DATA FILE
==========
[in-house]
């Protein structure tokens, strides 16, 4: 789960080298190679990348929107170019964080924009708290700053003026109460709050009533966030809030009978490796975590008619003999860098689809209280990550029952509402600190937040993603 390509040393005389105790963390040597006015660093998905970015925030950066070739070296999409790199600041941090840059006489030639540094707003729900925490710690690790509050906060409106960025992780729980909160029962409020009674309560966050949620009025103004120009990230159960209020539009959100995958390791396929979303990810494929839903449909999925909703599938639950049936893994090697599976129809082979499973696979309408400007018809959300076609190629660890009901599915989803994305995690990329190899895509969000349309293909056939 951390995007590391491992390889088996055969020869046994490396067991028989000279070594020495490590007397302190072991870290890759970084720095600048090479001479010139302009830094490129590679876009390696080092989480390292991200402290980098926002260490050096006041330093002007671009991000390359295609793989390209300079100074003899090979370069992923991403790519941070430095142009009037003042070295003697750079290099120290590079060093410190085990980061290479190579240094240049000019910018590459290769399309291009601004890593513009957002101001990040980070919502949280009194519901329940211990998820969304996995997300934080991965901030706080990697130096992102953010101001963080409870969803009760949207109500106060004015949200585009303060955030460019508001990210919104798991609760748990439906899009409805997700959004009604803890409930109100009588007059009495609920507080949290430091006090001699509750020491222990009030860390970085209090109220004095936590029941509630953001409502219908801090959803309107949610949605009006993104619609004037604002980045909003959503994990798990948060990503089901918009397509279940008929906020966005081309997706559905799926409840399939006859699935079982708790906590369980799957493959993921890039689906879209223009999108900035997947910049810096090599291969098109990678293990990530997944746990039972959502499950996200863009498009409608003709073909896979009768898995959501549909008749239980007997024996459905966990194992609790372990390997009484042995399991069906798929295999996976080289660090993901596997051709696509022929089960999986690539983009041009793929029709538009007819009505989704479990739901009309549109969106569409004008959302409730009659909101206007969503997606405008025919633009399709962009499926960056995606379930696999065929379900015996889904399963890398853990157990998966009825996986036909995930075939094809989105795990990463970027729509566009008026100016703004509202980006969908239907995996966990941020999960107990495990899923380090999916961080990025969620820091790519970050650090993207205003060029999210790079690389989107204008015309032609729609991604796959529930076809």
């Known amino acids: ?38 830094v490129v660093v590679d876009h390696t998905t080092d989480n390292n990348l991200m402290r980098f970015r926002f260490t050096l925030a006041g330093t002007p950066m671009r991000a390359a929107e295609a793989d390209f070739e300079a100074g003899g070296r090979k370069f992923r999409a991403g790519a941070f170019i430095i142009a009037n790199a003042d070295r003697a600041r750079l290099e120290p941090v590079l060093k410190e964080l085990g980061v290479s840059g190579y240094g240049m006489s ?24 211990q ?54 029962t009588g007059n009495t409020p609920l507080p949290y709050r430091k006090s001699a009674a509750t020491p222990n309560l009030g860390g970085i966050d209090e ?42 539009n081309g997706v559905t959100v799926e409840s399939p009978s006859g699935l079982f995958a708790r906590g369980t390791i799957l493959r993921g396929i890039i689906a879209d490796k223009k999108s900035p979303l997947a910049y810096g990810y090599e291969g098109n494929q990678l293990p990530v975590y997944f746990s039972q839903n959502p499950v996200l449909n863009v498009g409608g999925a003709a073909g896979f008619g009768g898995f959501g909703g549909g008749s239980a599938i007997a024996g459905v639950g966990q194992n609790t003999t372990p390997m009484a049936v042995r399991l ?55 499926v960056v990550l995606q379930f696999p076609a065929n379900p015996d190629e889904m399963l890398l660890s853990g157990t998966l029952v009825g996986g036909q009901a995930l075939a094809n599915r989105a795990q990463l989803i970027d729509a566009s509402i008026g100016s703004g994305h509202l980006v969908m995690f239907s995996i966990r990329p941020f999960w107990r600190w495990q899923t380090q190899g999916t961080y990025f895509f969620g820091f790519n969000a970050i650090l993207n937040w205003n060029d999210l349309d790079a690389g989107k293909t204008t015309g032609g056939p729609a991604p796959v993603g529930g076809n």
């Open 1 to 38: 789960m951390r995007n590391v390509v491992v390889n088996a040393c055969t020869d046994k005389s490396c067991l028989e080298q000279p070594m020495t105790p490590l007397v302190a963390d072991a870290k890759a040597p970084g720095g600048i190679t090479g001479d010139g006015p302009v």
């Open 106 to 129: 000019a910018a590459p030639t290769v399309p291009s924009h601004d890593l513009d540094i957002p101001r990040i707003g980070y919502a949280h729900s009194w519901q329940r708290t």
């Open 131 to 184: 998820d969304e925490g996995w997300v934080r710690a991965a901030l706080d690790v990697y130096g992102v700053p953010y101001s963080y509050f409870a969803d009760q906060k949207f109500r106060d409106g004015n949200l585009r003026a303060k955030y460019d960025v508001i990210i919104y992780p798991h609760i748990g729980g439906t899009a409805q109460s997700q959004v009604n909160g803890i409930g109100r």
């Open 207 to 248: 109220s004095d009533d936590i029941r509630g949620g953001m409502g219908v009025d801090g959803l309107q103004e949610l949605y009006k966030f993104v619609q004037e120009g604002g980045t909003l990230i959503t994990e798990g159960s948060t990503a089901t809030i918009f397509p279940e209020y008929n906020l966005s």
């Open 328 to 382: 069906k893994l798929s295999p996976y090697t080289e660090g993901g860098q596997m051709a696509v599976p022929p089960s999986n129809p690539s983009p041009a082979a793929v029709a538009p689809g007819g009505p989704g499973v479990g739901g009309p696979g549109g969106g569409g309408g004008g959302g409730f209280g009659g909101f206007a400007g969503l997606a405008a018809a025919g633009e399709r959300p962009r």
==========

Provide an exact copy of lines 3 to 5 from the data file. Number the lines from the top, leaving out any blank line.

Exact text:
């Known amino acids: ?38 830094v490129v660093v590679d876009h390696t998905t080092d989480n390292n990348l991200m402290r980098f970015r926002f260490t050096l925030a006041g330093t002007p950066m671009r991000a390359a929107e295609a793989d390209f070739e300079a100074g003899g070296r090979k370069f992923r999409a991403g790519a941070f170019i430095i142009a009037n790199a003042d070295r003697a600041r750079l290099e120290p941090v590079l060093k410190e964080l085990g980061v290479s840059g190579y240094g240049m006489s ?24 211990q ?54 029962t009588g007059n009495t409020p609920l507080p949290y709050r430091k006090s001699a009674a509750t020491p222990n309560l009030g860390g970085i966050d209090e ?42 539009n081309g997706v559905t959100v799926e409840s399939p009978s006859g699935l079982f995958a708790r906590g369980t390791i799957l493959r993921g396929i890039i689906a879209d490796k223009k999108s900035p979303l997947a910049y810096g990810y090599e291969g098109n494929q990678l293990p990530v975590y997944f746990s039972q839903n959502p499950v996200l449909n863009v498009g409608g999925a003709a073909g896979f008619g009768g898995f959501g909703g549909g008749s239980a599938i007997a024996g459905v639950g966990q194992n609790t003999t372990p390997m009484a049936v042995r399991l ?55 499926v960056v990550l995606q379930f696999p076609a065929n379900p015996d190629e889904m399963l890398l660890s853990g157990t998966l029952v009825g996986g036909q009901a995930l075939a094809n599915r989105a795990q990463l989803i970027d729509a566009s509402i008026g100016s703004g994305h509202l980006v969908m995690f239907s995996i966990r990329p941020f999960w107990r600190w495990q899923t380090q190899g999916t961080y990025f895509f969620g820091f790519n969000a970050i650090l993207n937040w205003n060029d999210l349309d790079a690389g989107k293909t204008t015309g032609g056939p729609a991604p796959v993603g529930g076809n």
């Open 1 to 38: 789960m951390r995007n590391v390509v491992v390889n088996a040393c055969t020869d046994k005389s490396c067991l028989e080298q000279p070594m020495t105790p490590l007397v302190a963390d072991a870290k890759a040597p970084g720095g600048i190679t090479g001479d010139g006015p302009v």
């Open 106 to 129: 000019a910018a590459p030639t290769v399309p291009s924009h601004d890593l513009d540094i957002p101001r990040i707003g980070y919502a949280h729900s009194w519901q329940r708290t």